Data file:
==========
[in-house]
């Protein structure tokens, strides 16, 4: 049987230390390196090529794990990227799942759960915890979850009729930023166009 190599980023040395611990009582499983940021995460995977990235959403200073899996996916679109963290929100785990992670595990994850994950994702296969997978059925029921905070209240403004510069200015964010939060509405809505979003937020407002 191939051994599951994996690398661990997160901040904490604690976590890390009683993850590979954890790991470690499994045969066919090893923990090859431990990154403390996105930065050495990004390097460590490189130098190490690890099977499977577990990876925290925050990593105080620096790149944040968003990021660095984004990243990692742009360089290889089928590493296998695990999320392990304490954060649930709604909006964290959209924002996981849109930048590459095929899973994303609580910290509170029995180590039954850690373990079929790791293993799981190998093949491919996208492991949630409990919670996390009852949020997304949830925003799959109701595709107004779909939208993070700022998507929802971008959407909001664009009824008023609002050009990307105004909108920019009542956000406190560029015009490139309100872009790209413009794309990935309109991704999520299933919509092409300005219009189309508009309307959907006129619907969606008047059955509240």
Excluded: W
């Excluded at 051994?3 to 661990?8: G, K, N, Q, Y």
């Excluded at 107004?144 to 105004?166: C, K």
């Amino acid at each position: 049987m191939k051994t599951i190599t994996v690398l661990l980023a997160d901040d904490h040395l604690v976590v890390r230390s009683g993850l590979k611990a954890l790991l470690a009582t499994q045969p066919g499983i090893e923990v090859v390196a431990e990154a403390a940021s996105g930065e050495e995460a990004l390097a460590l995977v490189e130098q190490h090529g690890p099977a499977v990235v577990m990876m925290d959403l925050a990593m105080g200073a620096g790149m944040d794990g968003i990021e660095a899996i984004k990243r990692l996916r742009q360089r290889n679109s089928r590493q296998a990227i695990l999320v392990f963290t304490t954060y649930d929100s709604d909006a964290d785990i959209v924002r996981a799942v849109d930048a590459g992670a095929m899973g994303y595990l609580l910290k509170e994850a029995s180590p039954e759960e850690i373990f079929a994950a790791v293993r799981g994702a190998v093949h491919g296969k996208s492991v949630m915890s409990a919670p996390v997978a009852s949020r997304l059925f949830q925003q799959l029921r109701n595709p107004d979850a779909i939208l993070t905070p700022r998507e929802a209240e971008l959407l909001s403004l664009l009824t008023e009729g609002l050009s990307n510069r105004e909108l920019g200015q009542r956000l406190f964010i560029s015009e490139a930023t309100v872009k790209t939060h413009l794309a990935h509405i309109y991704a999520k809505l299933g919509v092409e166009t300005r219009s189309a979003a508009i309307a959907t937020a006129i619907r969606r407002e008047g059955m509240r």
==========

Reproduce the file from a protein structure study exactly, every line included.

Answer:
[in-house]
């Protein structure tokens, strides 16, 4: 049987230390390196090529794990990227799942759960915890979850009729930023166009 190599980023040395611990009582499983940021995460995977990235959403200073899996996916679109963290929100785990992670595990994850994950994702296969997978059925029921905070209240403004510069200015964010939060509405809505979003937020407002 191939051994599951994996690398661990997160901040904490604690976590890390009683993850590979954890790991470690499994045969066919090893923990090859431990990154403390996105930065050495990004390097460590490189130098190490690890099977499977577990990876925290925050990593105080620096790149944040968003990021660095984004990243990692742009360089290889089928590493296998695990999320392990304490954060649930709604909006964290959209924002996981849109930048590459095929899973994303609580910290509170029995180590039954850690373990079929790791293993799981190998093949491919996208492991949630409990919670996390009852949020997304949830925003799959109701595709107004779909939208993070700022998507929802971008959407909001664009009824008023609002050009990307105004909108920019009542956000406190560029015009490139309100872009790209413009794309990935309109991704999520299933919509092409300005219009189309508009309307959907006129619907969606008047059955509240």
Excluded: W
């Excluded at 051994?3 to 661990?8: G, K, N, Q, Y």
């Excluded at 107004?144 to 105004?166: C, K």
């Amino acid at each position: 049987m191939k051994t599951i190599t994996v690398l661990l980023a997160d901040d904490h040395l604690v976590v890390r230390s009683g993850l590979k611990a954890l790991l470690a009582t499994q045969p066919g499983i090893e923990v090859v390196a431990e990154a403390a940021s996105g930065e050495e995460a990004l390097a460590l995977v490189e130098q190490h090529g690890p099977a499977v990235v577990m990876m925290d959403l925050a990593m105080g200073a620096g790149m944040d794990g968003i990021e660095a899996i984004k990243r990692l996916r742009q360089r290889n679109s089928r590493q296998a990227i695990l999320v392990f963290t304490t954060y649930d929100s709604d909006a964290d785990i959209v924002r996981a799942v849109d930048a590459g992670a095929m899973g994303y595990l609580l910290k509170e994850a029995s180590p039954e759960e850690i373990f079929a994950a790791v293993r799981g994702a190998v093949h491919g296969k996208s492991v949630m915890s409990a919670p996390v997978a009852s949020r997304l059925f949830q925003q799959l029921r109701n595709p107004d979850a779909i939208l993070t905070p700022r998507e929802a209240e971008l959407l909001s403004l664009l009824t008023e009729g609002l050009s990307n510069r105004e909108l920019g200015q009542r956000l406190f964010i560029s015009e490139a930023t309100v872009k790209t939060h413009l794309a990935h509405i309109y991704a999520k809505l299933g919509v092409e166009t300005r219009s189309a979003a508009i309307a959907t937020a006129i619907r969606r407002e008047g059955m509240r």